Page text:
Credit Suisse: UK General Election – Notes from Michael O’Sullivan, CIO International Wealth Management

Michael O’Sullivan
From Michael O’Sullivan, CIO International Wealth Management Credit Suisse. (photo: CS)

Zurich / London – Greetings from Piccadilly where, not far away, Theresa May has just announced a general election in the UK to occur on 8 June. This will be a surprise to Westminster watchers and, to a degree, to markets.

Our sense is that the motivating factor behind this is to give Theresa May and her Brexit-focused cabinet a popular mandate that will allow her to pursue her own set of policies, in her own style and ethos. Notably, her aim is to take advantage of polls that show a strong lead for the Tories over Labour and, equally, disarray in the Labour Party. Theresa May needs a somewhat larger majority in the Commons in order to pass the eventual Brexit legislation. The election will also allow May to take advantage of a much weakened UKIP.

There is also the aim of strengthening the hand of Theresa May as the Brexit negotiations begin in earnest in June and removing the potential ‘distraction’ of an election in 2020 as the Brexit process becomes intense.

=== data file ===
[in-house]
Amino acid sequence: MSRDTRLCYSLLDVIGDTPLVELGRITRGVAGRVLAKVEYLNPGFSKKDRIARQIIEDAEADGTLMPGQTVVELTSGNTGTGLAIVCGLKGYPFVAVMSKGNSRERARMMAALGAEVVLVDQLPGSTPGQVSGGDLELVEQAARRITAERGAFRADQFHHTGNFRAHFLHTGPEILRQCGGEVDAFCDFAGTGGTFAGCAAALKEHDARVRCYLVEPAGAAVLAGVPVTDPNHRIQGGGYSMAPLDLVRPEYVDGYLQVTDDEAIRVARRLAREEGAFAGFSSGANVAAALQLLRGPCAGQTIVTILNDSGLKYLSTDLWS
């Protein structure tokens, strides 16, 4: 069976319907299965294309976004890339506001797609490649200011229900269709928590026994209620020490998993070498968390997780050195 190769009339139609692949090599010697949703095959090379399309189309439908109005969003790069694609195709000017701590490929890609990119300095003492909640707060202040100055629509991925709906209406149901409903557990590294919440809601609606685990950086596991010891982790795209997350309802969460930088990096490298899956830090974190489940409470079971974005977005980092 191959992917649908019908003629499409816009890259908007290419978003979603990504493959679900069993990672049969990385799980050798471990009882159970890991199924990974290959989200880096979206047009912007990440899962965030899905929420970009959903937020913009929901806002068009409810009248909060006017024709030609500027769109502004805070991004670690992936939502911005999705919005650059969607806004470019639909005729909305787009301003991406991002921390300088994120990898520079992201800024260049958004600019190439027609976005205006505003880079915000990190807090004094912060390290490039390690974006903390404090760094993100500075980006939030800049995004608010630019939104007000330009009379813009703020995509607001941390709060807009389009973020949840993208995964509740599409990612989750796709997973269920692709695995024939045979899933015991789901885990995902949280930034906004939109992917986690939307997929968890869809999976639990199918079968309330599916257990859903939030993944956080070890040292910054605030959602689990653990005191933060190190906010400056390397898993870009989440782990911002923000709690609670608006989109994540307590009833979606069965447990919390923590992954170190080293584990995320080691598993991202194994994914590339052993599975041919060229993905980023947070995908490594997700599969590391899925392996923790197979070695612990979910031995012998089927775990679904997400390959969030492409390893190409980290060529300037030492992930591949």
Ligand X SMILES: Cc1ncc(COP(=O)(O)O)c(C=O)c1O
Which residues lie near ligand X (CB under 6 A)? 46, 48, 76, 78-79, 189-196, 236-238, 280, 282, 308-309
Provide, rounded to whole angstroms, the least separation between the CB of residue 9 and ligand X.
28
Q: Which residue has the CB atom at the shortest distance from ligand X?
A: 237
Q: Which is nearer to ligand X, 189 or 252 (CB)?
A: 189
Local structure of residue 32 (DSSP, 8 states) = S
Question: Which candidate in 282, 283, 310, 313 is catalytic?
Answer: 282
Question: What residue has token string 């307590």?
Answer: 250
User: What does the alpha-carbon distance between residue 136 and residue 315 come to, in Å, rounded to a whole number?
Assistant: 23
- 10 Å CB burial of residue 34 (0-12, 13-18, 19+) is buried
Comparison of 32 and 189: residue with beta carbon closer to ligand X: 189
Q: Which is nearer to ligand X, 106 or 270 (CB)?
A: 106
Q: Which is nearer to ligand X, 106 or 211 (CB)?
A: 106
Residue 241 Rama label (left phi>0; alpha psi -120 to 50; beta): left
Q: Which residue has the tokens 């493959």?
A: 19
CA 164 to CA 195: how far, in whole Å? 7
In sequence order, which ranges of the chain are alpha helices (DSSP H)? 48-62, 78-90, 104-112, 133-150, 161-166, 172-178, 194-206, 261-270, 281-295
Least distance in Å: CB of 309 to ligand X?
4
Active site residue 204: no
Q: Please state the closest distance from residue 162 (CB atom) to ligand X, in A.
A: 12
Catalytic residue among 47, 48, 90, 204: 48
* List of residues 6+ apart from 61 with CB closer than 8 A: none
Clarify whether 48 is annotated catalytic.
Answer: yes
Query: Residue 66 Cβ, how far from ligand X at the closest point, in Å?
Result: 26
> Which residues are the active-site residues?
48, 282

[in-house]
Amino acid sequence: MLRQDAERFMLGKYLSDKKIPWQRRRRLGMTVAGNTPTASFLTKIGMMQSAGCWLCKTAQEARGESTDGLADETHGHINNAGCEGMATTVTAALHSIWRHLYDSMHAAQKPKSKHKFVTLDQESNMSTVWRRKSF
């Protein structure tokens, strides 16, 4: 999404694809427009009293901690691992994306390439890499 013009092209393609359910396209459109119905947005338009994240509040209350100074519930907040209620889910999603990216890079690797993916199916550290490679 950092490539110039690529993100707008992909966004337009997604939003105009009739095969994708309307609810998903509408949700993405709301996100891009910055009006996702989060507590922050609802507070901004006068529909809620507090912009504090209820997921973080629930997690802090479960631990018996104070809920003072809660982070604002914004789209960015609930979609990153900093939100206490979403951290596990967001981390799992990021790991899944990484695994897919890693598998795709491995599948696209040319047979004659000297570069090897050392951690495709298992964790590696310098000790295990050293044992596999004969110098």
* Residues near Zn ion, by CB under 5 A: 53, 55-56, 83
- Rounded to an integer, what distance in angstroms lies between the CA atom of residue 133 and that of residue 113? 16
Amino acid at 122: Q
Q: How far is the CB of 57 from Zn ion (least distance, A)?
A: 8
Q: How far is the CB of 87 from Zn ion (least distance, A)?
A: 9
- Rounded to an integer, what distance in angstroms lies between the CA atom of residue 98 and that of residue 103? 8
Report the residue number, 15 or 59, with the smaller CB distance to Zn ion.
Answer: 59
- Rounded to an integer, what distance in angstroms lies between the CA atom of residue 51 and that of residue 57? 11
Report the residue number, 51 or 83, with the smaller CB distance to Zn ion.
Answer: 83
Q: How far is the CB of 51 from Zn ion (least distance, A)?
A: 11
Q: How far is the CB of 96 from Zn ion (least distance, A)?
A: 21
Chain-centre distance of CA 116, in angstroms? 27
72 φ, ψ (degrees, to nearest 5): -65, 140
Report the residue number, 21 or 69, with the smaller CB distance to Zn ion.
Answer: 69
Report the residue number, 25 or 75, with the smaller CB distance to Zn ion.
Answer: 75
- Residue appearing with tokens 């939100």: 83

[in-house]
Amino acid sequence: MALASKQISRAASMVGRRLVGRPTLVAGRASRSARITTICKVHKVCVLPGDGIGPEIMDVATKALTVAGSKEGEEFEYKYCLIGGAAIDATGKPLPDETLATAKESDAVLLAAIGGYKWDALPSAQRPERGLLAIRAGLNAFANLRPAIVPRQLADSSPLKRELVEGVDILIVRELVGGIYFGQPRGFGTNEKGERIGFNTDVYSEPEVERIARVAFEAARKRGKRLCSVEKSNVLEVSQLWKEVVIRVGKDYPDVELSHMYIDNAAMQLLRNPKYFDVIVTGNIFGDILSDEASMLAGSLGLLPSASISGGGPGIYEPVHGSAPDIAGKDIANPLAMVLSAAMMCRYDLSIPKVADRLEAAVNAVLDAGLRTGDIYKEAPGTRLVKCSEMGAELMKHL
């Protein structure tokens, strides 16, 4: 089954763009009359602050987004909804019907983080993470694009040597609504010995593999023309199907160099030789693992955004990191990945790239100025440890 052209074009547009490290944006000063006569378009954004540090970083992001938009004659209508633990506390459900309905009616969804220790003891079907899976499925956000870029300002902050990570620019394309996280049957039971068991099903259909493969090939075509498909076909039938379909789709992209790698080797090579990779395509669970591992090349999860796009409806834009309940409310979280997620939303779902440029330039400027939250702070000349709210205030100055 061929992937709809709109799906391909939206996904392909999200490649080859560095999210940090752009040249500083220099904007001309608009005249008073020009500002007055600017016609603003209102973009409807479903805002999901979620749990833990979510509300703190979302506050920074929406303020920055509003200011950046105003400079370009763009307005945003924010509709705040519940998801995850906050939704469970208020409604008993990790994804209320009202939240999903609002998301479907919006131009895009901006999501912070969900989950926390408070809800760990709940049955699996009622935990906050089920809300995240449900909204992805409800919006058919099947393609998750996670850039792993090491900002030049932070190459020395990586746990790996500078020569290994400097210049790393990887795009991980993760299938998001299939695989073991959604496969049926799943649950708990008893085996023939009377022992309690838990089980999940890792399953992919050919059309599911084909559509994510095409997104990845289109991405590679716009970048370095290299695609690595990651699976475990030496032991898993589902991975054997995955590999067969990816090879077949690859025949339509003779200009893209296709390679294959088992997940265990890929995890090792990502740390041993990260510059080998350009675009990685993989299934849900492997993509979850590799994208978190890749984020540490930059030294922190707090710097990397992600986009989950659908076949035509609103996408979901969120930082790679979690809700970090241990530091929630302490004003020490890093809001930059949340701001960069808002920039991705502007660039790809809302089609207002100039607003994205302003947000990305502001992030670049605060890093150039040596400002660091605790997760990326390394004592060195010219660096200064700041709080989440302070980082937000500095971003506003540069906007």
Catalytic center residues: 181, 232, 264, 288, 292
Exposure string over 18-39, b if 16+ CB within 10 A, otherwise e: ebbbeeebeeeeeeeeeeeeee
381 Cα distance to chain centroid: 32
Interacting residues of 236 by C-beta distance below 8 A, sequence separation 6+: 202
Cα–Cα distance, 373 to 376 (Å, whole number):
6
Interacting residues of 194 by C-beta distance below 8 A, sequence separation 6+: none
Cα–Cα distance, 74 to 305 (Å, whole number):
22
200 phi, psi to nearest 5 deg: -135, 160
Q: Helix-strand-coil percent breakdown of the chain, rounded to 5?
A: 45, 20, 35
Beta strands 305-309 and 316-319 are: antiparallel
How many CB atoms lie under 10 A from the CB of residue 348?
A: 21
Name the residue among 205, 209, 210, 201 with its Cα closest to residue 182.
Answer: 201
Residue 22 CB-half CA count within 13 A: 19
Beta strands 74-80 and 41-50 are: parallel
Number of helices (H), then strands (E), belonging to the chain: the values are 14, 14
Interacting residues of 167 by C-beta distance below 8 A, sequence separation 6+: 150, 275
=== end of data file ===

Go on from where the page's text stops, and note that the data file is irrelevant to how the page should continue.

Politically, there are several risks: First, that the ‘Remainers’ organize themselves, either within the Tory Party or around another party such as the Liberal Democrats, and deliver a riposte to Theresa May. Equally, a new ‘Remain’ party might spring up. Second, there is a risk that a poor showing by Labour will lead to the departure of Jeremy Corbyn and that he is replaced by a more effective leader – Keir Starmer is a name that crops up. Third, people in Scotland may see the election as a ‘pre’-vote on Scottish independence, and another strong showing for the Scottish National Party may presage full Scottish independence down the line.

From a markets point of view, there are a couple of implications. First, with respect to sterling, this may unsettle the recent rally, but I expect that polls will guide towards a Tory victory and that will prove sterling supportive, as markets price a ‘better hand’ for Theresa May in the Brexit process. Second, more broadly – with the Turkish referendum last weekend, the French presidential election about to happen, geopolitical risk rising – this may cause markets to focus more on politics than the business cycle, which has been the driver so far. Finally, we have recently taken profits on our positive Gilt view, and this morning’s strength is another opportunity to do so. (Credit Suisse/mc/ps)

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